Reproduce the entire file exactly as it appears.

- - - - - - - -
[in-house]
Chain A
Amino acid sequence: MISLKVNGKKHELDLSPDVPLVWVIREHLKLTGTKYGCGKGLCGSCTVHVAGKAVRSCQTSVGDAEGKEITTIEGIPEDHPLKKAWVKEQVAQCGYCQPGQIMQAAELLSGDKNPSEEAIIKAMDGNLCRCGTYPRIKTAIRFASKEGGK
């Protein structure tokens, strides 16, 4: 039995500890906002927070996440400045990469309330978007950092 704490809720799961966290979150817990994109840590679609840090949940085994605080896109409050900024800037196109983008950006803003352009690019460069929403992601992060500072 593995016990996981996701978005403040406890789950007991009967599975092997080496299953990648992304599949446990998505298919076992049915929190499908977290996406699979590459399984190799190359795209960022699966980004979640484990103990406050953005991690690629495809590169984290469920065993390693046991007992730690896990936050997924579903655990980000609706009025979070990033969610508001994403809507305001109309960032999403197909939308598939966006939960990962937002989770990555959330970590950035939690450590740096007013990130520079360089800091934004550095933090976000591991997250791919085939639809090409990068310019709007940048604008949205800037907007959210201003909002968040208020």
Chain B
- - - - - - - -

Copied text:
[in-house]
Chain A
Amino acid sequence: MISLKVNGKKHELDLSPDVPLVWVIREHLKLTGTKYGCGKGLCGSCTVHVAGKAVRSCQTSVGDAEGKEITTIEGIPEDHPLKKAWVKEQVAQCGYCQPGQIMQAAELLSGDKNPSEEAIIKAMDGNLCRCGTYPRIKTAIRFASKEGGK
């Protein structure tokens, strides 16, 4: 039995500890906002927070996440400045990469309330978007950092 704490809720799961966290979150817990994109840590679609840090949940085994605080896109409050900024800037196109983008950006803003352009690019460069929403992601992060500072 593995016990996981996701978005403040406890789950007991009967599975092997080496299953990648992304599949446990998505298919076992049915929190499908977290996406699979590459399984190799190359795209960022699966980004979640484990103990406050953005991690690629495809590169984290469920065993390693046991007992730690896990936050997924579903655990980000609706009025979070990033969610508001994403809507305001109309960032999403197909939308598939966006939960990962937002989770990555959330970590950035939690450590740096007013990130520079360089800091934004550095933090976000591991997250791919085939639809090409990068310019709007940048604008949205800037907007959210201003909002968040208020």
Chain B